• wherein at least part of the outer shell is electrically conductive.

Yet further embodiments provide a shielding interface for an electrical connection module, the electrical connection module being configured to receive wires of a shielded cable, the shielding interface including at least one engagement member for establishing an electrical connection with shielding of the shielded cable.

BRIEF DESCRIPTION OF THE DRAWINGS

Presently preferred embodiments of the invention will now be described, by way of non-limiting example only, with reference to the accompanying drawings in which:

FIG. 1 is a perspective view of an example of a telecommunications cabling system including connection modules mounted to a back-mount frame;

FIG. 2 is a partial exploded view of the system of FIG. 1;

FIG. 3 is a detail of part of the system of FIG. 1;

FIG. 4 is a top plan view of a connection module having a plurality of shielded cables terminated thereon;

FIG. 5 is a perspective view of the module of FIG. 4;

FIG. 6 is a perspective view of the module of FIGS. 4 and 5, prior to termination of the cables;

FIG. 7A is an exploded view of the module of FIG. 6;

FIG. 7B is a detail of part of FIG. 7A;

FIG. 8A is a bottom plan view of the module of FIG. 6;

FIG. 8B is a rear plan view of the module of FIG. 6;

FIG. 9A is a rear plan view of an example of a contact carrier for use with the module of FIG. 6;

FIG. 9B is a front plan view of the contact carrier of FIG. 9A;

FIG. 9C is a top plan view of the contact carrier;

FIGS. 9D and 9E are front and rear, perspective views, respectively, of the contact carrier;

FIG. 10A is a top perspective view of an example of a shielding bar for use with the connection module of FIG. 6;

FIG. 10B is a top plan view of the shielding bar of FIG. 10A;

FIG. 10C is a front plan view of the shielding bar;

FIG. 10D is a right-side view of the shielding bar;

FIG. 11A is a top perspective view of an example rear-facing patch plug;

FIG. 11B is an exploded view of the patch plug of FIG. 11A;

FIG. 11C is a cross-section through the line A-A of FIG. 11A; and

FIG. 12 shows a side view of FIGS. 4 and 5.

DETAILED DESCRIPTION

Where the terms “front”, “rear”, “top”, “bottom”, “upper”, “lower” and the like are used below, it will be understood that these are used simply to describe the orientations of various components relative to each other, and are not intended to be construed in an absolute sense. Accordingly, the skilled person will understand that these terms should be interchanged appropriately when the orientation of the system (relative to a user, for example) is changed.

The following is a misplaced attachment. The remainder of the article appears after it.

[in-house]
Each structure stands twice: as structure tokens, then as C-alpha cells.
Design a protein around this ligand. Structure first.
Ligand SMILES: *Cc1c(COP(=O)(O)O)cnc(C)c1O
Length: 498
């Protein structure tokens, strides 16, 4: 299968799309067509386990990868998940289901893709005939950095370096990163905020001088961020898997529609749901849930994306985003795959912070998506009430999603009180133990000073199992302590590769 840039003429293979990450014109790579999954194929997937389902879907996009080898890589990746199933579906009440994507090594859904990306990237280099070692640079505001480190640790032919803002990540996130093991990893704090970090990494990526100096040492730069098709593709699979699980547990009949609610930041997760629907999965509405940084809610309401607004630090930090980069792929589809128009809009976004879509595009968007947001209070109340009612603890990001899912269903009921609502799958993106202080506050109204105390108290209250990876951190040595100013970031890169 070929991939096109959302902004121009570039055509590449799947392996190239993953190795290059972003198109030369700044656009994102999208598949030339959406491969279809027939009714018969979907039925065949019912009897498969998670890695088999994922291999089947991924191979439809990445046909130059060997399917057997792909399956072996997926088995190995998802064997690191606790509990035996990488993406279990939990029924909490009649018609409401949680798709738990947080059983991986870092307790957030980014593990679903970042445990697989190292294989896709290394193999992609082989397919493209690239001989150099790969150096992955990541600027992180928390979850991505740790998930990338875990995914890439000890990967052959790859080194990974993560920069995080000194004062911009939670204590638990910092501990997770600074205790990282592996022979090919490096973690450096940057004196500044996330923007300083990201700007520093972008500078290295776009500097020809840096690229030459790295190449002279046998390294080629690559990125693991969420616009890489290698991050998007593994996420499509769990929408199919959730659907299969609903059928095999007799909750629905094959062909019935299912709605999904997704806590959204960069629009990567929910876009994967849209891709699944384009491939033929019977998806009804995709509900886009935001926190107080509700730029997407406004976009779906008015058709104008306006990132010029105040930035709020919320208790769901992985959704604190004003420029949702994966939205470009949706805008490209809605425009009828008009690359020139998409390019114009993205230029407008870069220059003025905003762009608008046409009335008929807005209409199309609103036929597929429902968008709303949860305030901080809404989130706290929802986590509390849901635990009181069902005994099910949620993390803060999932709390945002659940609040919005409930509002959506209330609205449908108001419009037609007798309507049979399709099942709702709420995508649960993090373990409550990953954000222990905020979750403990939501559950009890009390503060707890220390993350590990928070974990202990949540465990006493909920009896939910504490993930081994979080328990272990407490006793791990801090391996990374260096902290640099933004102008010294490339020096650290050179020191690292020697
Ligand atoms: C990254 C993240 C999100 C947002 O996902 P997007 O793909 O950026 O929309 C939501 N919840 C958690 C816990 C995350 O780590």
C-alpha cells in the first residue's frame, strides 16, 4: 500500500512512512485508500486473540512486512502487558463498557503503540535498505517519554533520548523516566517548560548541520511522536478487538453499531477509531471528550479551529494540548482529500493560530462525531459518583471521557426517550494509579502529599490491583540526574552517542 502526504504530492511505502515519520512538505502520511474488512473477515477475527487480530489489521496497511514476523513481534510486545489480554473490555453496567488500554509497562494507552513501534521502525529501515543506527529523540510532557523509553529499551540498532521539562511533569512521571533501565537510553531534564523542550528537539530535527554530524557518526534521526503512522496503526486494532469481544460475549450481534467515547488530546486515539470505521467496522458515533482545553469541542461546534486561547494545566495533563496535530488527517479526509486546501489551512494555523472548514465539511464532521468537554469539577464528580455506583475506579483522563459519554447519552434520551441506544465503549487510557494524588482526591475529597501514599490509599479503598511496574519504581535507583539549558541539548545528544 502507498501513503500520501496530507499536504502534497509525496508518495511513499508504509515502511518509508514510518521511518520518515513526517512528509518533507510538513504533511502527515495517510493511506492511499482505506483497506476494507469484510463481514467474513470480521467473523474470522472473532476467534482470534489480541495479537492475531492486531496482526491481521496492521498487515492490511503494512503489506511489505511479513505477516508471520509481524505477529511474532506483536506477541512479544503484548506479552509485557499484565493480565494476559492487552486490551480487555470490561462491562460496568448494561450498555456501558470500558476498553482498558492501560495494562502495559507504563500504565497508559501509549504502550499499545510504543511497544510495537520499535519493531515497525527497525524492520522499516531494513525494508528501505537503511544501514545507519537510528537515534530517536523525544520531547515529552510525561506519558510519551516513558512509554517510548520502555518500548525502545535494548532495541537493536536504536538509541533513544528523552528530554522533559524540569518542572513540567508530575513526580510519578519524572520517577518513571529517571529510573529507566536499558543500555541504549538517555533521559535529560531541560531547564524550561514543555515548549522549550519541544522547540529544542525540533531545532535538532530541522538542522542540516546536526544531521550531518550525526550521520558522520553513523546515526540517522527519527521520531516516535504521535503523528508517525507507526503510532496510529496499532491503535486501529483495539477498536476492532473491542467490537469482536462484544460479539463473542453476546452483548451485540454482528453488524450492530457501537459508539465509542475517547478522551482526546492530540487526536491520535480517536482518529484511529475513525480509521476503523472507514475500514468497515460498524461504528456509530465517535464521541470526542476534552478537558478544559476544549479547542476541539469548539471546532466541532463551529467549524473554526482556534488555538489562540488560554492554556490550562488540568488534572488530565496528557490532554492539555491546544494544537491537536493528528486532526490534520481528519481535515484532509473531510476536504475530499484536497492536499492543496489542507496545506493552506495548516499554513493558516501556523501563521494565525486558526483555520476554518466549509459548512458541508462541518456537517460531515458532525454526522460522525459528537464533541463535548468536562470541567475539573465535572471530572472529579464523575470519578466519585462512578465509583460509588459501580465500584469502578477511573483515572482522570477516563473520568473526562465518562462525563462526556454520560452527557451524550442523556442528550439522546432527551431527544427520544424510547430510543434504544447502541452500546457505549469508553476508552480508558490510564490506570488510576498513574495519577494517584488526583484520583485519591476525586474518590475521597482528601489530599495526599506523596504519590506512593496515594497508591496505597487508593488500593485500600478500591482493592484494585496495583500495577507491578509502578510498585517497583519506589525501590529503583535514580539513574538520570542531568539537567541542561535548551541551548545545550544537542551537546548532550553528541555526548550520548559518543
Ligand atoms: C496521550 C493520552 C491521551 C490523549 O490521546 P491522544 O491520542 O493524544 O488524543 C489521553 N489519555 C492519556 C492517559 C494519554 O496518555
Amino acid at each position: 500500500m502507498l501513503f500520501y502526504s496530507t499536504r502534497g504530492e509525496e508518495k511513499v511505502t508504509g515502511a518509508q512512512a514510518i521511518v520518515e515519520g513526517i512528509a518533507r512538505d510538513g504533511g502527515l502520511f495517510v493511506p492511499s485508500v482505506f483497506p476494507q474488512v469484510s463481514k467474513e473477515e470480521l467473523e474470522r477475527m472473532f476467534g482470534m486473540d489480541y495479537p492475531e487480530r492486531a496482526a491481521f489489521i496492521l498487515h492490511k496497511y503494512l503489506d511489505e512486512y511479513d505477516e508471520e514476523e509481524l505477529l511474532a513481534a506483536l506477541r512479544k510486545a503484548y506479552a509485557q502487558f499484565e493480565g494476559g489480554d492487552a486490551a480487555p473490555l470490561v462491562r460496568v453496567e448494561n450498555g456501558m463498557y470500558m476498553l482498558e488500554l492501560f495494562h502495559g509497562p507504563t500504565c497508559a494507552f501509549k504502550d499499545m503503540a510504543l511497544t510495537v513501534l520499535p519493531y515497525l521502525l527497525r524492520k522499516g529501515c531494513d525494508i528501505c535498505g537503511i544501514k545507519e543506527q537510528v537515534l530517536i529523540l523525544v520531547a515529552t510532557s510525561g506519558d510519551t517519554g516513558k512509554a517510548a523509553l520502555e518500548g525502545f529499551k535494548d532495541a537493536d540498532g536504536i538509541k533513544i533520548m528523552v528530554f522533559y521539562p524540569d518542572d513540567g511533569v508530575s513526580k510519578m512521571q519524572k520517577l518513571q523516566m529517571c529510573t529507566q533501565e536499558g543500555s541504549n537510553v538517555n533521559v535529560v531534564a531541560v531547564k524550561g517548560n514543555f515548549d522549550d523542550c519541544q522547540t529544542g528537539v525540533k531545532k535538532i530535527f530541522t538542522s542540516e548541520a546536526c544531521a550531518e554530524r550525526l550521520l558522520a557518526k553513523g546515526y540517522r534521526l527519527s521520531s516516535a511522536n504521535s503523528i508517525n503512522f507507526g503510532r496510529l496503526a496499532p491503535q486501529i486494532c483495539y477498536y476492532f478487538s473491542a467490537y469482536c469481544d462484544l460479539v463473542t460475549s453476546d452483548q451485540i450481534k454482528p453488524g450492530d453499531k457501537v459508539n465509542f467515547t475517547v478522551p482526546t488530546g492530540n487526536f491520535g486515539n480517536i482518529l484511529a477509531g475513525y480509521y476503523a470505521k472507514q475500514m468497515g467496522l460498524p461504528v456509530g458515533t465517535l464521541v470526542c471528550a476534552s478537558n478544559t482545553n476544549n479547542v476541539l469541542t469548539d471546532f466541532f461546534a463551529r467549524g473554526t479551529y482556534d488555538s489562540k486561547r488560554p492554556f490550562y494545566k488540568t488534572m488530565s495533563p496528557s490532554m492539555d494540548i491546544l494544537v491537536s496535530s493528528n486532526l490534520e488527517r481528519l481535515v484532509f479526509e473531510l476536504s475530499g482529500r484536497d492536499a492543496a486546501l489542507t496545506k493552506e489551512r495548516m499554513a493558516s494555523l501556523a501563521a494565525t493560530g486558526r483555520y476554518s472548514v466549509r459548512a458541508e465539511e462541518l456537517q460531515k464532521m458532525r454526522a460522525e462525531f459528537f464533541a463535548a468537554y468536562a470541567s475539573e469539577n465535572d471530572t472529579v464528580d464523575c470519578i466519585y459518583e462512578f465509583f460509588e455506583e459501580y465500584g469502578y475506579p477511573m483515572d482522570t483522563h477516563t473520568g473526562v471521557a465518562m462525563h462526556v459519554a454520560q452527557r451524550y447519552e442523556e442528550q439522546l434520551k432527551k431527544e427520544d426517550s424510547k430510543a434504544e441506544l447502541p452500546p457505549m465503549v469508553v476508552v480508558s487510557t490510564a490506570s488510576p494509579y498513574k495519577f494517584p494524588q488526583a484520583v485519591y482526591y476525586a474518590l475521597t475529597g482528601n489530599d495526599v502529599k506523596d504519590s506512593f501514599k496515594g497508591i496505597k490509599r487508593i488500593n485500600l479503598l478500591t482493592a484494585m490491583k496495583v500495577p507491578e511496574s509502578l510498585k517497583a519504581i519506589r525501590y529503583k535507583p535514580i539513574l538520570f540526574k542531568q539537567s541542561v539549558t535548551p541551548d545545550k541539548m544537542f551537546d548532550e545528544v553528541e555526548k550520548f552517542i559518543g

Referring to FIGS. 1 to 3, there is shown a patch-by-exception telecommunications cabling system 10 including an earthed (grounded) support (backmount frame) 12 to which connection modules 100 are mounted, via respective cable managers 150. In use, telecommunications cables 50 a housed in backmount frame 12 can be fed through cable retention members 156 on respective top surfaces of the cable managers 150, and wires of the cables 50 a terminated on the connection modules 100 (FIG. 4).

Backmount frame 12 can be earthed by any suitable means known in the art, for example by connection to a telecommunications grounding bulbar (TGB) and/or the Telecommunications Main Grounding Busbar (TMGB) of an electrical/telecommunications installation.

With reference to FIG. 7A, each connection module 100 includes a housing for a plurality of electrical contact members 212. Each electrical contact member includes an insulation displacement contact (IDC) which is seated inside the housing in a manner which will later be described. The housing includes an outer shell 200 and an inner shell 220 between which electrical contact members 212 are retained.

The housing 200, 220 has a plurality of recesses 202 (FIG. 8) to receive wires of at least one shielded cable 50 a for termination of the wires onto the electrical contact members 212. The housing also includes an opening to receive an end of an electrical connector, for example a front-facing patch plug 300 or a rear-facing patch plug 400, to place electrical contacts at the end of the patch plug 300 or 400 in electrical communication with at least some of the wires.

Returning to FIGS. 2 and 3, the system 10 includes a shielding interface 110 a for each disconnect module 100. The shielding interface 110 a is simultaneously contactable with shielding 52 a of the shielded cable 50 a (FIGS. 1, 4 and 5), a corresponding shielding interface 500 of the patch plug 400 (FIGS. 11B, 11C, 12), and the earthed support 12. A second shielding interface (not shown) is provided on the underside of disconnect module 100.

Advantageously, simultaneous contact between the shielding interface 110 a, shielding of the cable 50 a, the corresponding shielding interface 500 of patch cord 400 and earthed support (backmount frame) 12 provides a common earth throughout the electrical connections of the system 10, thereby improving the signal-to-noise ratio of the system 10.

With continued reference to FIGS. 1 to 3, each cable manager 150 includes a pair of projections 152 (only one of which is shown in the Figures), one at the rear of each of its end panels 151, which are shaped to sit within apertures 14 in the frame 12. End panels 151 of the cable manager 150 are preferably resilient panels which can flex to allow the projections 152 to locate within the apertures 14 and hold the cable manager 150 in place on the backmount frame 12.

At the front of each end panel 151, a hook 154 of a snap-fit mechanism projects forwardly of cable manager 150. The hooks 154 fit within corresponding recesses 104 (FIG. 8B) of the disconnect module 100 to retain the module 100 on the cable manager 150.